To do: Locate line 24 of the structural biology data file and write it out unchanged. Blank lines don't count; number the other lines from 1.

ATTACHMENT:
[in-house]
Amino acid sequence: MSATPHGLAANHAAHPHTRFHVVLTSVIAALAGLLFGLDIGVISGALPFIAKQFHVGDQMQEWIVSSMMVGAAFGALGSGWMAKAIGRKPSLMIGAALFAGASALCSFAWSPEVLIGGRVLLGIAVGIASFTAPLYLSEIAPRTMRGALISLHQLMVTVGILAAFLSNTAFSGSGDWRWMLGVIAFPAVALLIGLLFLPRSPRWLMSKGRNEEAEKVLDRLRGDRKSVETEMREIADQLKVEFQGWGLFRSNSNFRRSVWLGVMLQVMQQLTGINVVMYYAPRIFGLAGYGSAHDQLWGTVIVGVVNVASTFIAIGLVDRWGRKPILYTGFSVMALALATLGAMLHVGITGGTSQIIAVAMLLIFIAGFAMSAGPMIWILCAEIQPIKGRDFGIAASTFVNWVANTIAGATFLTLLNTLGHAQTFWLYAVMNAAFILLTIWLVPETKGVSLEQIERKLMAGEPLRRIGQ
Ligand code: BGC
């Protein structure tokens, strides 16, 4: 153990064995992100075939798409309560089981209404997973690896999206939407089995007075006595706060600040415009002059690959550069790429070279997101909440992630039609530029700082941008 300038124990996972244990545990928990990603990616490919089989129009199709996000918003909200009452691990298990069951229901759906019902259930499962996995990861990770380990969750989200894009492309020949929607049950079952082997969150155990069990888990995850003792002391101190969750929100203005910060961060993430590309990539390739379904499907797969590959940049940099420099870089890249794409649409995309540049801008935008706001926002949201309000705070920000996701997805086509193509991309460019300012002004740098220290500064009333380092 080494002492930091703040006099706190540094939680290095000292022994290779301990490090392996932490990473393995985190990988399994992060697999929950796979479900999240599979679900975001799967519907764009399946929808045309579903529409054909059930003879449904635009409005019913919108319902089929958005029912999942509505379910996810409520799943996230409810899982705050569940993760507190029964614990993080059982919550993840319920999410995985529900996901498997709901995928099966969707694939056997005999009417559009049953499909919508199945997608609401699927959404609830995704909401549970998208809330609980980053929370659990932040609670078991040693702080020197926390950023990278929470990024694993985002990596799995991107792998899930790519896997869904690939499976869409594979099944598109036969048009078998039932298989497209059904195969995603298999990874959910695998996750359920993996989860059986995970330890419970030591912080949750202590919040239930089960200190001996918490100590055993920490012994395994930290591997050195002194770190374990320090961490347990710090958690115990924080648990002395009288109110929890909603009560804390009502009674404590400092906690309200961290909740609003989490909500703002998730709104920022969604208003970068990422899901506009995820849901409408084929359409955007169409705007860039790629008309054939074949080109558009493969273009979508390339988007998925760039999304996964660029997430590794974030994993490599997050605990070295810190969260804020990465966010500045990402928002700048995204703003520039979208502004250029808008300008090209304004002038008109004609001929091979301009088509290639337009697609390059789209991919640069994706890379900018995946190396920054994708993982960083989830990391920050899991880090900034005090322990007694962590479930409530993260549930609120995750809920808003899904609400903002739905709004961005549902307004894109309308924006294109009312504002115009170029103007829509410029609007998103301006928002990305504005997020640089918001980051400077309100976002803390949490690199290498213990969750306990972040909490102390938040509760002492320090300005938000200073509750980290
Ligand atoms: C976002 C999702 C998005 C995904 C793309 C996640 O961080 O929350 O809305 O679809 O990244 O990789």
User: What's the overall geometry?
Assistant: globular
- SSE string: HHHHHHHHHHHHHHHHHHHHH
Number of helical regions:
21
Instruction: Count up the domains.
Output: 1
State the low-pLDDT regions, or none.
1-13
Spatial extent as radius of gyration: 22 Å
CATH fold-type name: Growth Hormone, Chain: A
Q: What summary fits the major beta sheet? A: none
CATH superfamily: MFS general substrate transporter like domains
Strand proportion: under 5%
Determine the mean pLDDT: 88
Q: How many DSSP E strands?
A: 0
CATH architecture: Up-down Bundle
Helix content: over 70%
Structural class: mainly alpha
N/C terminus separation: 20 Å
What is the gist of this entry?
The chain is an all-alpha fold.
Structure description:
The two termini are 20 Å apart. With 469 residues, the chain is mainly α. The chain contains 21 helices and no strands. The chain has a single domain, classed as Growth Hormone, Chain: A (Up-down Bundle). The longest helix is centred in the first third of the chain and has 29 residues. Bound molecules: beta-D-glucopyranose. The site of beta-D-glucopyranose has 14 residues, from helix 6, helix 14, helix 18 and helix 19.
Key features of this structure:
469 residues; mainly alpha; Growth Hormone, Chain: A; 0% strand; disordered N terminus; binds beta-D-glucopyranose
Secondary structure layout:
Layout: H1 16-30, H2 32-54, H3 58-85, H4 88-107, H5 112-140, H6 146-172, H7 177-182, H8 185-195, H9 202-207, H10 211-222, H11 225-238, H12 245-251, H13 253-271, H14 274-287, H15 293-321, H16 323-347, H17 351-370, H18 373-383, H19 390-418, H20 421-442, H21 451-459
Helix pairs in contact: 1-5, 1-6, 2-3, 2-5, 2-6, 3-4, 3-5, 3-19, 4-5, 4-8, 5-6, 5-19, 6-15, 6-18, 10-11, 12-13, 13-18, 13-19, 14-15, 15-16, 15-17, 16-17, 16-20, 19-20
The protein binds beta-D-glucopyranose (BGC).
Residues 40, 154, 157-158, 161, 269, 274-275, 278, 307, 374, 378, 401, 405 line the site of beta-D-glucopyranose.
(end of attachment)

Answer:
Helix content: over 70%